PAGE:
U.S. private forest landowners earn $3.3 billion per year from ecosystem services
Forests provide clean air, clean water, and wildlife habitat. But private landowners don’t usually get paid for these benefits their forests provide. However, there are some opportunities to receive payments for ecosystem services, and they have been growing in recent years.
In most cases, private forest landowners are not able to market and sell the rights to the services of cleaning water and air, storing carbon, or providing wildlife habitat. However, in recent decades, opportunities to make money from those services have increased. These payments can incentivize land ownership rather than converting to some other land use.
A team of researchers from the USDA Forest Service and Oak Ridge Institute for Science and Education compiled a thorough and exhaustive dataset on payments for forest-based ecosystem services in the U.S. Payments come from government programs, compliance markets for credits or offsets created by regulations, and voluntary markets.
The researchers documented an increase of 64% over 15 years from $2.2 billion in 2005 to $3.6 billion in 2019, after adjusting for inflation. This equals about $7.77 per acre of private forestland per year, although many landholdings still receive none. Hunting leases are the largest single ecosystem service payment source. In 2016, landowners received $1.6 billion for hunting leases.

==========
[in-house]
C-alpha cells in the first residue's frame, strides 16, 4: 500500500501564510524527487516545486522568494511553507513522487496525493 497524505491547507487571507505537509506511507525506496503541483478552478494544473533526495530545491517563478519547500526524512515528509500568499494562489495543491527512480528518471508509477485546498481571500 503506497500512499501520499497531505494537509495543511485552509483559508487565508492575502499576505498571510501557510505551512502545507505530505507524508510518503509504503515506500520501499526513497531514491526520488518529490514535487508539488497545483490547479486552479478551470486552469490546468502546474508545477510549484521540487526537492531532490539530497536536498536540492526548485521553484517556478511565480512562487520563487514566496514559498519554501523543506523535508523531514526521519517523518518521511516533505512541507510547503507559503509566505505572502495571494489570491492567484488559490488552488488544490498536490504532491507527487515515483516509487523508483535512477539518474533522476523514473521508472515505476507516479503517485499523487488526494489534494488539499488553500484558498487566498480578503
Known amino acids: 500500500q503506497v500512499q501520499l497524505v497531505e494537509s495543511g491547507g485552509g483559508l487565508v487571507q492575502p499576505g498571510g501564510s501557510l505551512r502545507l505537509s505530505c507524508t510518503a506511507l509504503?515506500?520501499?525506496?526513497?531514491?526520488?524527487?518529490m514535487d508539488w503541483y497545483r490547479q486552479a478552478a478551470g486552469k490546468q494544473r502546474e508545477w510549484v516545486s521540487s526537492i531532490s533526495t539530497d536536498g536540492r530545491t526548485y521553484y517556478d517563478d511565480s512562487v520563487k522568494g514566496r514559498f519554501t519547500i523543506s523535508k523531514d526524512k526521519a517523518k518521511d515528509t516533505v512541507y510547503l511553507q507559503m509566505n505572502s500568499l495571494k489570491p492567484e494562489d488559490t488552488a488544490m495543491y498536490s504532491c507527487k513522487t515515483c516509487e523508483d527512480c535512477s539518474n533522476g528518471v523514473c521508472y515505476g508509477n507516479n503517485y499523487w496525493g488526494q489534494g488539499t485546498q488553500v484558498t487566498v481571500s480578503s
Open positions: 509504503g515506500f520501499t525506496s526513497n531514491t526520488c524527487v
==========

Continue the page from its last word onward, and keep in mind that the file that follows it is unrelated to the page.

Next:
Markets for carbon and water have also grown. In particular, California’s cap-and-trade program increased from $3 million in 2010 to $326 million in 2019. However, government programs that pay for ecosystem services have steadily decreased in real dollar terms over time, as has participating land area.
- Principal Investigator
- Gregory Frey, Research Forester
- 4804 - Forest Economics and Policy
- Payments for forest-based ecosystem services in the United States: Magnitudes and trends
- CompassLive Article
- Payments for ecosystem services
- Research Partner
- Natasha James, Washington Office of Strategic Planning & Performance Accountability
- External Partners
- Chalisa Kallayanamitra, Bank of Thailand
- Philadelphia Wilkens, US Endowment for Forestry and Communities